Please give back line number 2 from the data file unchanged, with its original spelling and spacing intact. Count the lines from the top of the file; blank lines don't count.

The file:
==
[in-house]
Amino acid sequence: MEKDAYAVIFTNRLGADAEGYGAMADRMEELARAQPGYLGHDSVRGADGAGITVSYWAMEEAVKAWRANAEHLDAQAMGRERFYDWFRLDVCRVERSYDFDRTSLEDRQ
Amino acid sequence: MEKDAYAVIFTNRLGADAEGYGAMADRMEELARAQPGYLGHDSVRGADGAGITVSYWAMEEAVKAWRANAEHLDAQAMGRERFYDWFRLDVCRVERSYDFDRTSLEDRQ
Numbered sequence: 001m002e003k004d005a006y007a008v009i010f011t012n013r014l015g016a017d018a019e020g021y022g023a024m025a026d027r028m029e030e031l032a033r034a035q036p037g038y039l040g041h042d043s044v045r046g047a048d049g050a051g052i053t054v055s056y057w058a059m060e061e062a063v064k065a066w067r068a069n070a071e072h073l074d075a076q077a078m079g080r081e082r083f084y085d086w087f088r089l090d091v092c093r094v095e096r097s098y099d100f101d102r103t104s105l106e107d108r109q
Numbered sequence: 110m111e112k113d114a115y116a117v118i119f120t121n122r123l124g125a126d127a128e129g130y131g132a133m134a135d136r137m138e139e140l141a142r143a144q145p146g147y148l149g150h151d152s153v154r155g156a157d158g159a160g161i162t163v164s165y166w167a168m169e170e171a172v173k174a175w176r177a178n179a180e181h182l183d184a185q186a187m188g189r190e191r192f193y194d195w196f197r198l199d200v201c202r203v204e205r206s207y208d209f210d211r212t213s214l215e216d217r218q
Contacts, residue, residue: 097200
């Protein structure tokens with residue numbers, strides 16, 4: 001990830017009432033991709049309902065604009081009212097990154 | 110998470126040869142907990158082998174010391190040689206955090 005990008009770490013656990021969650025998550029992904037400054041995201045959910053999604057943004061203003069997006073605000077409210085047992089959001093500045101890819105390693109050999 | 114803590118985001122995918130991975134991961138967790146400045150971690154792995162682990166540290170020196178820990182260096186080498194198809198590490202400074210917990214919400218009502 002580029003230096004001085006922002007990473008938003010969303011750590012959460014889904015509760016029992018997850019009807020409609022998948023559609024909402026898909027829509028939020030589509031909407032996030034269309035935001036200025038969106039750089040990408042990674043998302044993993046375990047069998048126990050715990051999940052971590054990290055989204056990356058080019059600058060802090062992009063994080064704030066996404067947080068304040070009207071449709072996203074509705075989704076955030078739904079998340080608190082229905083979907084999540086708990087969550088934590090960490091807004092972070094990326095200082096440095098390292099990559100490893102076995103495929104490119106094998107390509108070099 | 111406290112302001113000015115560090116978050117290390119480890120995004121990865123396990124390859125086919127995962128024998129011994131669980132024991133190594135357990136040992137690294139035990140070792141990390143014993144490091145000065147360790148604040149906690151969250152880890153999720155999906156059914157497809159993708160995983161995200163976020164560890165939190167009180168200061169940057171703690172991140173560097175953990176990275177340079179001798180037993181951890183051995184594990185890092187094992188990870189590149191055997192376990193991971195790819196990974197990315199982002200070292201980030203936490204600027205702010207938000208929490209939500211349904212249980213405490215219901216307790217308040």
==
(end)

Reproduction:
Amino acid sequence: MEKDAYAVIFTNRLGADAEGYGAMADRMEELARAQPGYLGHDSVRGADGAGITVSYWAMEEAVKAWRANAEHLDAQAMGRERFYDWFRLDVCRVERSYDFDRTSLEDRQ